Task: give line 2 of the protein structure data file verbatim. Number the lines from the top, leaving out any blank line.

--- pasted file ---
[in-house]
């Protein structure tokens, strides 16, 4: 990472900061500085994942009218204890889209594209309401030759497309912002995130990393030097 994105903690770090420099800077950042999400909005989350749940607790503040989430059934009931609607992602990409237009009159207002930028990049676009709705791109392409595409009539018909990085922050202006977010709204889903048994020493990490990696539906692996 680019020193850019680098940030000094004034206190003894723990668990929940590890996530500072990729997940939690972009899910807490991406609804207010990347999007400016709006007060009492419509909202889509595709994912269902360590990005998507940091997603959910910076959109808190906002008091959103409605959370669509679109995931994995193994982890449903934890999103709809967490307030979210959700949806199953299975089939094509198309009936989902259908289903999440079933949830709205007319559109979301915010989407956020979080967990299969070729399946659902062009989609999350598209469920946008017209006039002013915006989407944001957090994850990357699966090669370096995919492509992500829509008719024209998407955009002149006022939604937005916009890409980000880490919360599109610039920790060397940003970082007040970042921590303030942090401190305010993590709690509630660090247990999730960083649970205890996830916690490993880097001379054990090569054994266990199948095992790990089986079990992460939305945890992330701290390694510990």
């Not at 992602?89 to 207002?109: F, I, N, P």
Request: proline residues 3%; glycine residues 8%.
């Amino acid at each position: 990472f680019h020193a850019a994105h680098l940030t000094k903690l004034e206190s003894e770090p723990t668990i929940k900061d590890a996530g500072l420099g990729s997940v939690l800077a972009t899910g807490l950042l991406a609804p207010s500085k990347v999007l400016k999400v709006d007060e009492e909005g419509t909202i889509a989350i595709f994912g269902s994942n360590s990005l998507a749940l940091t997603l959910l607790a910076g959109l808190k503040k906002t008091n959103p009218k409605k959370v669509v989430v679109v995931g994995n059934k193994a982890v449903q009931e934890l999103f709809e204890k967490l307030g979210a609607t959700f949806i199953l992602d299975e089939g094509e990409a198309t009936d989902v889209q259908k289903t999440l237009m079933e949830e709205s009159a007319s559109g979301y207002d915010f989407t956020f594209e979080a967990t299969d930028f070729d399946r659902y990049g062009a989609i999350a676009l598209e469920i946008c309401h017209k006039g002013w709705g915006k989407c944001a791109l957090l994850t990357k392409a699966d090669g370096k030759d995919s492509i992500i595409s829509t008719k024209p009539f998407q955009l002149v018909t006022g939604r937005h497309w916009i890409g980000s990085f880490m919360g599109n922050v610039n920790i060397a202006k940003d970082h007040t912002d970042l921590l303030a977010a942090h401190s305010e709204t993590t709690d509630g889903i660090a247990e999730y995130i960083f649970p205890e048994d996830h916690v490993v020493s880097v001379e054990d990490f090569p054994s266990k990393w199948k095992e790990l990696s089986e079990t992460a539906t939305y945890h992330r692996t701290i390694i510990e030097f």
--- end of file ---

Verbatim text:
């Protein structure tokens, strides 16, 4: 990472900061500085994942009218204890889209594209309401030759497309912002995130990393030097 994105903690770090420099800077950042999400909005989350749940607790503040989430059934009931609607992602990409237009009159207002930028990049676009709705791109392409595409009539018909990085922050202006977010709204889903048994020493990490990696539906692996 680019020193850019680098940030000094004034206190003894723990668990929940590890996530500072990729997940939690972009899910807490991406609804207010990347999007400016709006007060009492419509909202889509595709994912269902360590990005998507940091997603959910910076959109808190906002008091959103409605959370669509679109995931994995193994982890449903934890999103709809967490307030979210959700949806199953299975089939094509198309009936989902259908289903999440079933949830709205007319559109979301915010989407956020979080967990299969070729399946659902062009989609999350598209469920946008017209006039002013915006989407944001957090994850990357699966090669370096995919492509992500829509008719024209998407955009002149006022939604937005916009890409980000880490919360599109610039920790060397940003970082007040970042921590303030942090401190305010993590709690509630660090247990999730960083649970205890996830916690490993880097001379054990090569054994266990199948095992790990089986079990992460939305945890992330701290390694510990």